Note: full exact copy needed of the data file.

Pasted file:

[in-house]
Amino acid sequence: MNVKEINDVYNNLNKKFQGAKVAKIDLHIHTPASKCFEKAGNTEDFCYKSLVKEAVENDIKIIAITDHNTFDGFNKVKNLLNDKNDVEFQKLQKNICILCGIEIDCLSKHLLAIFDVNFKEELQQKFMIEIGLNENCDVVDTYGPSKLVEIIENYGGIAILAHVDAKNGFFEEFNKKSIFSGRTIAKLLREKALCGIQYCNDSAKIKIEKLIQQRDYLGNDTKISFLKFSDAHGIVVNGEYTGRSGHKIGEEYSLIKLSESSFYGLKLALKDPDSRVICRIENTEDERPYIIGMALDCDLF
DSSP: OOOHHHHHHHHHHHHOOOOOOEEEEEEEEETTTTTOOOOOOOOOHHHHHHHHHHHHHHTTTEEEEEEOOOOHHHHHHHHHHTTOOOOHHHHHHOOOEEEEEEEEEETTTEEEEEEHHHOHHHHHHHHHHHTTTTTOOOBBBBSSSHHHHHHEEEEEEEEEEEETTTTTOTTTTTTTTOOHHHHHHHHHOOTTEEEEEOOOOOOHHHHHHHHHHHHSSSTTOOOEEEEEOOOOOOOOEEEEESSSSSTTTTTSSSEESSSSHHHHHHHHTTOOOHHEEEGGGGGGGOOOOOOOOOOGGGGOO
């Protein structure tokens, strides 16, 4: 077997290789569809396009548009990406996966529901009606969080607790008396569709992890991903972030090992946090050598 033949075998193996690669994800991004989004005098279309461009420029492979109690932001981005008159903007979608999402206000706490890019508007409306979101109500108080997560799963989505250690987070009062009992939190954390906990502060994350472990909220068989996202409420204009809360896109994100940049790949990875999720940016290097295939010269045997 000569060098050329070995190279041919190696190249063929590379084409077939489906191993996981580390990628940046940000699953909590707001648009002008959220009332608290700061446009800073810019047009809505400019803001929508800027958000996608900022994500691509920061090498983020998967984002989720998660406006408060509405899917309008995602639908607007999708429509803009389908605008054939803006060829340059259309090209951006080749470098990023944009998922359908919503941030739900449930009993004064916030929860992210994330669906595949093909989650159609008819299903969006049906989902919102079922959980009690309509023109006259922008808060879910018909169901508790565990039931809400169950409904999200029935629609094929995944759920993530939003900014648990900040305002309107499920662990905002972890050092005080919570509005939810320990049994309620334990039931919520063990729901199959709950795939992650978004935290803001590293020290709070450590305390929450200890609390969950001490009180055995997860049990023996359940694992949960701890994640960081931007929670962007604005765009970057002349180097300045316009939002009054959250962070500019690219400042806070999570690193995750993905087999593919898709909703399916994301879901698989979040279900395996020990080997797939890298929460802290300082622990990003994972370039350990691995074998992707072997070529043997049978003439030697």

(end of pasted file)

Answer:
[in-house]
Amino acid sequence: MNVKEINDVYNNLNKKFQGAKVAKIDLHIHTPASKCFEKAGNTEDFCYKSLVKEAVENDIKIIAITDHNTFDGFNKVKNLLNDKNDVEFQKLQKNICILCGIEIDCLSKHLLAIFDVNFKEELQQKFMIEIGLNENCDVVDTYGPSKLVEIIENYGGIAILAHVDAKNGFFEEFNKKSIFSGRTIAKLLREKALCGIQYCNDSAKIKIEKLIQQRDYLGNDTKISFLKFSDAHGIVVNGEYTGRSGHKIGEEYSLIKLSESSFYGLKLALKDPDSRVICRIENTEDERPYIIGMALDCDLF
DSSP: OOOHHHHHHHHHHHHOOOOOOEEEEEEEEETTTTTOOOOOOOOOHHHHHHHHHHHHHHTTTEEEEEEOOOOHHHHHHHHHHTTOOOOHHHHHHOOOEEEEEEEEEETTTEEEEEEHHHOHHHHHHHHHHHTTTTTOOOBBBBSSSHHHHHHEEEEEEEEEEEETTTTTOTTTTTTTTOOHHHHHHHHHOOTTEEEEEOOOOOOHHHHHHHHHHHHSSSTTOOOEEEEEOOOOOOOOEEEEESSSSSTTTTTSSSEESSSSHHHHHHHHTTOOOHHEEEGGGGGGGOOOOOOOOOOGGGGOO
């Protein structure tokens, strides 16, 4: 077997290789569809396009548009990406996966529901009606969080607790008396569709992890991903972030090992946090050598 033949075998193996690669994800991004989004005098279309461009420029492979109690932001981005008159903007979608999402206000706490890019508007409306979101109500108080997560799963989505250690987070009062009992939190954390906990502060994350472990909220068989996202409420204009809360896109994100940049790949990875999720940016290097295939010269045997 000569060098050329070995190279041919190696190249063929590379084409077939489906191993996981580390990628940046940000699953909590707001648009002008959220009332608290700061446009800073810019047009809505400019803001929508800027958000996608900022994500691509920061090498983020998967984002989720998660406006408060509405899917309008995602639908607007999708429509803009389908605008054939803006060829340059259309090209951006080749470098990023944009998922359908919503941030739900449930009993004064916030929860992210994330669906595949093909989650159609008819299903969006049906989902919102079922959980009690309509023109006259922008808060879910018909169901508790565990039931809400169950409904999200029935629609094929995944759920993530939003900014648990900040305002309107499920662990905002972890050092005080919570509005939810320990049994309620334990039931919520063990729901199959709950795939992650978004935290803001590293020290709070450590305390929450200890609390969950001490009180055995997860049990023996359940694992949960701890994640960081931007929670962007604005765009970057002349180097300045316009939002009054959250962070500019690219400042806070999570690193995750993905087999593919898709909703399916994301879901698989979040279900395996020990080997797939890298929460802290300082622990990003994972370039350990691995074998992707072997070529043997049978003439030697």